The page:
• £48,000 match funding secured by Sheffield City Council from Veolia, which has a recycling facility nearby and recognises that people want to buy from and work with socially responsible businesses
  • £600 funding from Crystal Peaks’ facilities management partner Incentive FM.

Benefits

Commercial

  • Supporting footfall and dwell time, by improving people’s experience of the approaches to Crystal Peaks, creating green points of interest for shoppers in and around the Centre and generating positive publicity
  • Building strong relationships with the local authority and local community, including participating in volunteering activities with people from the primary catchment area
  • Providing opportunities for occupier engagement, e.g. McDonald’s, M&S and Sainsbury’s team members participating in volunteering projects
  • Supporting Hermes’ Responsible Property Investment strategy.

Social

  • Transforming unused grassland into valuable green infrastructure for local residents, schoolchildren, shoppers and other visitors
  • Creating new local linkages, including a ‘trim trail’ to encourage active lifestyles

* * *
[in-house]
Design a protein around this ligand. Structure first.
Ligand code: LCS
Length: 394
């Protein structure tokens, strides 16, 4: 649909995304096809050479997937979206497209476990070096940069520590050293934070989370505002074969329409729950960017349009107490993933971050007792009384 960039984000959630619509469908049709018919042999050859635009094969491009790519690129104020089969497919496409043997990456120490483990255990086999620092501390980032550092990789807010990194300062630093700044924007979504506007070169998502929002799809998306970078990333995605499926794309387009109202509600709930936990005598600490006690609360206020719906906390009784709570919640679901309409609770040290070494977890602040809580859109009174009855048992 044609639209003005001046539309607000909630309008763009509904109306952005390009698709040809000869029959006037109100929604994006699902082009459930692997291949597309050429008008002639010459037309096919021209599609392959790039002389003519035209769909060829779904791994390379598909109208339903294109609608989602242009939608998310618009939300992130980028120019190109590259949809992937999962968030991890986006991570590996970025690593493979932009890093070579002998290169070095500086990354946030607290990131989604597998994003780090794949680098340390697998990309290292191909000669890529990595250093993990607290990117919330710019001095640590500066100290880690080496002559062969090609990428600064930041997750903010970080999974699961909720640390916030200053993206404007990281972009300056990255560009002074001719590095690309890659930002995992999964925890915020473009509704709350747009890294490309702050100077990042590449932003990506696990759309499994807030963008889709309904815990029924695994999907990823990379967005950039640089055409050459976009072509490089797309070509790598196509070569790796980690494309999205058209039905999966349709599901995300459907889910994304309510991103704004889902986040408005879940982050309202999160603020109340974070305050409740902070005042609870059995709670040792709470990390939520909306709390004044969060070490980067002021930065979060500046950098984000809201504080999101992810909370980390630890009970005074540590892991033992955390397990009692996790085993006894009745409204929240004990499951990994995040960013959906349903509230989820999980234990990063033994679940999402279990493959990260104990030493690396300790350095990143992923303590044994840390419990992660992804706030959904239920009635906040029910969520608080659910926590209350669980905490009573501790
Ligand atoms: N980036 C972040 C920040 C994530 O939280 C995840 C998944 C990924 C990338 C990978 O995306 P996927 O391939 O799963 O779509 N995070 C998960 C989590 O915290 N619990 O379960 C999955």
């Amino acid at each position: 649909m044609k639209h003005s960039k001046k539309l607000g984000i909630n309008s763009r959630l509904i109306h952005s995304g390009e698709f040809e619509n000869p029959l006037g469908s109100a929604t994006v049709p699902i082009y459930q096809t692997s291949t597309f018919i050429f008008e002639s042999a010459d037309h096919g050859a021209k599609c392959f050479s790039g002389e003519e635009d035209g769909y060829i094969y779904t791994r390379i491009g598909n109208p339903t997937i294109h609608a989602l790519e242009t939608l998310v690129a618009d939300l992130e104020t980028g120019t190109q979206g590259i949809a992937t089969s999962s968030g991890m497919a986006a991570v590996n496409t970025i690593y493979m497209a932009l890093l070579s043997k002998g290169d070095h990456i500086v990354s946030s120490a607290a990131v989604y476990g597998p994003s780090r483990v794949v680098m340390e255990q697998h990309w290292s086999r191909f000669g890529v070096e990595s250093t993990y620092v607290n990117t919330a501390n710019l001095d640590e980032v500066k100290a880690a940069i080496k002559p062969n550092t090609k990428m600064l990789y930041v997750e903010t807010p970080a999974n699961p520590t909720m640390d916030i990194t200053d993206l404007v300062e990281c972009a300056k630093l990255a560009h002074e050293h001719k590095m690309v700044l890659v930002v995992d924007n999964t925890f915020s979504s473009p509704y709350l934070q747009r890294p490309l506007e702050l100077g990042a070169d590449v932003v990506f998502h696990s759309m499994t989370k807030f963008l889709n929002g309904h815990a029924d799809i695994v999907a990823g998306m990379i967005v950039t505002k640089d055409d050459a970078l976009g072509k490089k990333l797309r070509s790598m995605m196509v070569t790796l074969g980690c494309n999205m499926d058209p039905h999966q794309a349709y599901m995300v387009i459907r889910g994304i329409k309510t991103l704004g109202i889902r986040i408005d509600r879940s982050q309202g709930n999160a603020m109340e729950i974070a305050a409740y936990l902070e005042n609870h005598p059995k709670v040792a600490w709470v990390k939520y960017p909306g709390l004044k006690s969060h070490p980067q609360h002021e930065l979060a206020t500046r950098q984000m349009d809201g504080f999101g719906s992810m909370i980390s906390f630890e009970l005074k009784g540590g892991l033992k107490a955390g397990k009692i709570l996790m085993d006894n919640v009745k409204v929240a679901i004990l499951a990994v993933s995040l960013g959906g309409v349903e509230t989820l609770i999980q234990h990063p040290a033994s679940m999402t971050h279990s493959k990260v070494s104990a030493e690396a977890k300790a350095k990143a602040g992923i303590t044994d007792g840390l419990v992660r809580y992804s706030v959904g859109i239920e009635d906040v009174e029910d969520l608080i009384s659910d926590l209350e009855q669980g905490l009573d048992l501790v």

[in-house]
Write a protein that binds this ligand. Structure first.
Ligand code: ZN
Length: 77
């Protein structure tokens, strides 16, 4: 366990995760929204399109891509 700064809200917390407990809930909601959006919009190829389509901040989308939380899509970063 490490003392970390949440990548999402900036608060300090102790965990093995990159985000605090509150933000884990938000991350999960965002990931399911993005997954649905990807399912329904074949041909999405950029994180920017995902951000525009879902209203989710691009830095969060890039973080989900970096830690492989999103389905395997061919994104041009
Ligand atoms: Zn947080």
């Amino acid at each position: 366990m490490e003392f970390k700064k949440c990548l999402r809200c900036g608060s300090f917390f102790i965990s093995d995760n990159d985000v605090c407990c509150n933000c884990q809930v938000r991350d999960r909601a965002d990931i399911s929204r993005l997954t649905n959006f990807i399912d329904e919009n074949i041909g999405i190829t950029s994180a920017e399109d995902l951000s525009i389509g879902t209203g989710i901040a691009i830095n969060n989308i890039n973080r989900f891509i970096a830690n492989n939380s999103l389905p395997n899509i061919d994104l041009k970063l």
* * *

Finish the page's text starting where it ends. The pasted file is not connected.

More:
• Opening up views along footpaths and increasing feeling of safety by clearing vegetation
  • Promoting a sense of local stewardship for the area, which can reduce anti-social behaviour
  • Supporting wellbeing, with studies showing that green spaces significantly affect people’s health and happiness, and the wildlife corridor providing a large green area for local people of all ages to enjoy at no cost.

Environmental

  • The wildlife corridor is connecting species rich grassland areas, linking plant and animal populations that would otherwise be isolated and at greater risk of local extinction
  • Sheffield City council has commissioned insect, bird and bat counts in the area over the last few years, with the impact of the wildlife corridor expected from 2016
  • Additional light created by clearing vegetation on the Ochre Dike has led to Broad-leaved Helleborine orchids flourishing along the customer footpath verge, the presence of minnows was recorded in the Ochre Dike in 2014, and locally rare bee orchids are also in the Crystal Peaks stumpery
  • Volunteering projects, environmental walks, school activities, interpretation boards and other communications are raising awareness of environmental issues amongst local residents and schoolchildren.